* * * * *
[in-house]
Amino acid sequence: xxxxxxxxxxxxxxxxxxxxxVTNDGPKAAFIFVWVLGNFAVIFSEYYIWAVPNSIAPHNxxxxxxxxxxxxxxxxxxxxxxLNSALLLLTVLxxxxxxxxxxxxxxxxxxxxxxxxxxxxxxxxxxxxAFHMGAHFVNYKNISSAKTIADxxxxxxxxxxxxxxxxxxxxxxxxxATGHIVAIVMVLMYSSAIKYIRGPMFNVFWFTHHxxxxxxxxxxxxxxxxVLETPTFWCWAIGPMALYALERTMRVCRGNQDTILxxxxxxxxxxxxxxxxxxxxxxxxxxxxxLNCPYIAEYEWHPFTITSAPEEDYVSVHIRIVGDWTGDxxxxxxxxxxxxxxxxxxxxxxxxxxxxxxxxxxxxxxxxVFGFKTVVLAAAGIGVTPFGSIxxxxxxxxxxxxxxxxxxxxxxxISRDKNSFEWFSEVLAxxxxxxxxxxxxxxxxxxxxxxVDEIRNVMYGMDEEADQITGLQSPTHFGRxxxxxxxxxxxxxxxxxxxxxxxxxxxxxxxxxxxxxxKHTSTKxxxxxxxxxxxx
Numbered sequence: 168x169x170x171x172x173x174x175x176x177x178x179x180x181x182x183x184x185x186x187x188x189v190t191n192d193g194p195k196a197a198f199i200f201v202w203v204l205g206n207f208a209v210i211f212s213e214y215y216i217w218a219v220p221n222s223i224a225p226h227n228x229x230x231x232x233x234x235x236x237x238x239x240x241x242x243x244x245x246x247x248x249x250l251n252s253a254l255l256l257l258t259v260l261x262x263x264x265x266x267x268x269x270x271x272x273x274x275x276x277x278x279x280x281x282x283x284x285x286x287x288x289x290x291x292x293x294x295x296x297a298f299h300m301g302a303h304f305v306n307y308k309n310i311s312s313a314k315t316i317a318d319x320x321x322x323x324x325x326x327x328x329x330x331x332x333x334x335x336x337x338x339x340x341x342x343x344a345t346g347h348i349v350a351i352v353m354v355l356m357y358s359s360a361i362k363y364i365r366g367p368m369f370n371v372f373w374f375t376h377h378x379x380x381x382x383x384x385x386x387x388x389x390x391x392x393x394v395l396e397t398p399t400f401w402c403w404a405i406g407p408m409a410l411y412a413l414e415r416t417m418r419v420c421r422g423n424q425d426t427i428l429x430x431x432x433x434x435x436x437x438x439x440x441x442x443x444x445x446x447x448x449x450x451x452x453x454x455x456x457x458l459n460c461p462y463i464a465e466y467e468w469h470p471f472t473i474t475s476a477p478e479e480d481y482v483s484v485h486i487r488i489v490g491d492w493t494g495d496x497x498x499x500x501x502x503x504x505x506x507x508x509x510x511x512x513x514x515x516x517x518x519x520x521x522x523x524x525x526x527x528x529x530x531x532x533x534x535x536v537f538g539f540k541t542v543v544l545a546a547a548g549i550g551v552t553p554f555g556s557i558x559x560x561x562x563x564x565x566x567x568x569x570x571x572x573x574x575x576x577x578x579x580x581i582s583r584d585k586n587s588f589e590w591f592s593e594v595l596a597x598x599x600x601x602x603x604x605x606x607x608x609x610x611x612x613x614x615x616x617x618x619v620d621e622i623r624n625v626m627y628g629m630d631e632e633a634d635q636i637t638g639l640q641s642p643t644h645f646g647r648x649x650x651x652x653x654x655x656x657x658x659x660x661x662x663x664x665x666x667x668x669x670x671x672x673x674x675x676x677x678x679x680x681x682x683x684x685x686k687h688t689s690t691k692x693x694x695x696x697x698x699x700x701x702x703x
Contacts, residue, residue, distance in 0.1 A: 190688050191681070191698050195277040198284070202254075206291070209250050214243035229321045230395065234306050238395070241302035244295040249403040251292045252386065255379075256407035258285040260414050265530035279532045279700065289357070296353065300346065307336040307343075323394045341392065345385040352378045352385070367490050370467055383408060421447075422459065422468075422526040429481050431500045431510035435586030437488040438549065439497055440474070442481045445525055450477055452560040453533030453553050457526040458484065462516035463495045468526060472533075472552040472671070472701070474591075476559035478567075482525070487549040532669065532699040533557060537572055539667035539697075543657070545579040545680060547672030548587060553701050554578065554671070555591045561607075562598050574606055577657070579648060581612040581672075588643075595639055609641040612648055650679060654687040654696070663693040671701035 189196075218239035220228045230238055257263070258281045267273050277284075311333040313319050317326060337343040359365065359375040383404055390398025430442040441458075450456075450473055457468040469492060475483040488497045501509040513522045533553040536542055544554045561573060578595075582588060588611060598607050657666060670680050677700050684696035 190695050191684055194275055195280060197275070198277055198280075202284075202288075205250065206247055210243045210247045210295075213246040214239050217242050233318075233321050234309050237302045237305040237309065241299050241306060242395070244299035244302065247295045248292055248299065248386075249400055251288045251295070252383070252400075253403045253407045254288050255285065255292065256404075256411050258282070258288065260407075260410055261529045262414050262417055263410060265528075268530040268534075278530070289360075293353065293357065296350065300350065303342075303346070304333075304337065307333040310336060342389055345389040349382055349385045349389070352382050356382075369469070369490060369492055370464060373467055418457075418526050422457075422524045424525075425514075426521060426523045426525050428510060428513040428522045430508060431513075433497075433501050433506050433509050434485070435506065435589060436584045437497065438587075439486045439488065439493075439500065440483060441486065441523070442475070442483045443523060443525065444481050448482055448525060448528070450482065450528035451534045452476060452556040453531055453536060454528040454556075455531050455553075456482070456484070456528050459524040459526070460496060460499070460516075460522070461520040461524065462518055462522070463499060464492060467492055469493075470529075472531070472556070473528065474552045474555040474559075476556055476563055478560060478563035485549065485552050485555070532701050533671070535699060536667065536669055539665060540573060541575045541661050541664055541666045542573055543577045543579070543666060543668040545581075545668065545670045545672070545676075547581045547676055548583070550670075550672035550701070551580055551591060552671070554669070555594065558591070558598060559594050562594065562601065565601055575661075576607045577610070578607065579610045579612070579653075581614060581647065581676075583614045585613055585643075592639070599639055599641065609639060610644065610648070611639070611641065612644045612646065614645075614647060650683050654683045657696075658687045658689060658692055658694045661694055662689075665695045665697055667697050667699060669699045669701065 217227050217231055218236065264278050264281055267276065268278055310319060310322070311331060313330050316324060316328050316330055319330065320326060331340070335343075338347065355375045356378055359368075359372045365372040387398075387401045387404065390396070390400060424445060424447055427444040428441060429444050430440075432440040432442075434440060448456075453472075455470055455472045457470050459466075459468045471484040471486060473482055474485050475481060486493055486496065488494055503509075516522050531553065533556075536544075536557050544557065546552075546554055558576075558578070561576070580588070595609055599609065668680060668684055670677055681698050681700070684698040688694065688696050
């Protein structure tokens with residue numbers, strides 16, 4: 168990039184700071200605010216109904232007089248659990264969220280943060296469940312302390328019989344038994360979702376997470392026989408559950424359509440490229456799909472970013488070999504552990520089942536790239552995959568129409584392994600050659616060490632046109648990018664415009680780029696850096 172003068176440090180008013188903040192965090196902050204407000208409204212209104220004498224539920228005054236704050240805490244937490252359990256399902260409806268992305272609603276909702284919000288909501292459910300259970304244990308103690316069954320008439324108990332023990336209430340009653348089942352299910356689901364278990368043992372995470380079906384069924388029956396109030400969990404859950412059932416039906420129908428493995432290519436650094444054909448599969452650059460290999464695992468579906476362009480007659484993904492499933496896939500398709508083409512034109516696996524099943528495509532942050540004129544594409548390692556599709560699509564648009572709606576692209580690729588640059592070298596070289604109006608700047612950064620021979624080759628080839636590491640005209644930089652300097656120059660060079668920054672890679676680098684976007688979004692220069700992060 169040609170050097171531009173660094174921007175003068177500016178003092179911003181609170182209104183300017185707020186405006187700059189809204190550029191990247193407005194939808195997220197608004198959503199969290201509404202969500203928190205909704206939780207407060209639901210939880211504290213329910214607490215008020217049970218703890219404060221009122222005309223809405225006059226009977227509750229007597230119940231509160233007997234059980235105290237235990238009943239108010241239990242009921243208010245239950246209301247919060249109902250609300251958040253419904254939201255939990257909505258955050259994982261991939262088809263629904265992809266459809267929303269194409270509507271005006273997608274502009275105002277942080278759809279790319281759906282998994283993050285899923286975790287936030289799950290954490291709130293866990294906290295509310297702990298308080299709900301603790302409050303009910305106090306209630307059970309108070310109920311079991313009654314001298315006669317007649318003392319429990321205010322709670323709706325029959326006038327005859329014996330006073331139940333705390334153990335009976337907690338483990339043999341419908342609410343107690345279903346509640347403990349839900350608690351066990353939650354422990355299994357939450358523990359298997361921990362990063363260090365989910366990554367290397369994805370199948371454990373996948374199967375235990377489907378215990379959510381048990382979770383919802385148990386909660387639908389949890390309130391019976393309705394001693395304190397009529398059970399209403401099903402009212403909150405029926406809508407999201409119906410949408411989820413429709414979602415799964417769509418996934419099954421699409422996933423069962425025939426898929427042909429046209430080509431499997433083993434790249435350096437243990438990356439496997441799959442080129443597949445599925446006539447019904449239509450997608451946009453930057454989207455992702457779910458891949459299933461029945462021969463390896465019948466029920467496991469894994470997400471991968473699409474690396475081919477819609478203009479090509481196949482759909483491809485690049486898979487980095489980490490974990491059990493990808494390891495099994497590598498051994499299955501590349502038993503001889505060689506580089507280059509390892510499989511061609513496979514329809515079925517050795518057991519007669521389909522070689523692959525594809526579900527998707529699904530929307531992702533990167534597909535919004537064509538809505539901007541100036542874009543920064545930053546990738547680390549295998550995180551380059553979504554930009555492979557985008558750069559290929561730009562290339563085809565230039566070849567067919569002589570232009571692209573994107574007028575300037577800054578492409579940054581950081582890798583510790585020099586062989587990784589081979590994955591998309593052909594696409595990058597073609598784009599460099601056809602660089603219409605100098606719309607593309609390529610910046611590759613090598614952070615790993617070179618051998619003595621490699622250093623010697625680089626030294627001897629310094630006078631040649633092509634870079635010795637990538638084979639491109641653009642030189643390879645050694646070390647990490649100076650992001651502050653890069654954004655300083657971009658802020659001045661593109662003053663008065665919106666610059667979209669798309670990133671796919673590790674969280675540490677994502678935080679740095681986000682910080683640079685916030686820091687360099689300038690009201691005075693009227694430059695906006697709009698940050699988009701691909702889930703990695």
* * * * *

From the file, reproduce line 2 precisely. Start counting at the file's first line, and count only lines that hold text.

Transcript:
Amino acid sequence: xxxxxxxxxxxxxxxxxxxxxVTNDGPKAAFIFVWVLGNFAVIFSEYYIWAVPNSIAPHNxxxxxxxxxxxxxxxxxxxxxxLNSALLLLTVLxxxxxxxxxxxxxxxxxxxxxxxxxxxxxxxxxxxxAFHMGAHFVNYKNISSAKTIADxxxxxxxxxxxxxxxxxxxxxxxxxATGHIVAIVMVLMYSSAIKYIRGPMFNVFWFTHHxxxxxxxxxxxxxxxxVLETPTFWCWAIGPMALYALERTMRVCRGNQDTILxxxxxxxxxxxxxxxxxxxxxxxxxxxxxLNCPYIAEYEWHPFTITSAPEEDYVSVHIRIVGDWTGDxxxxxxxxxxxxxxxxxxxxxxxxxxxxxxxxxxxxxxxxVFGFKTVVLAAAGIGVTPFGSIxxxxxxxxxxxxxxxxxxxxxxxISRDKNSFEWFSEVLAxxxxxxxxxxxxxxxxxxxxxxVDEIRNVMYGMDEEADQITGLQSPTHFGRxxxxxxxxxxxxxxxxxxxxxxxxxxxxxxxxxxxxxxKHTSTKxxxxxxxxxxxx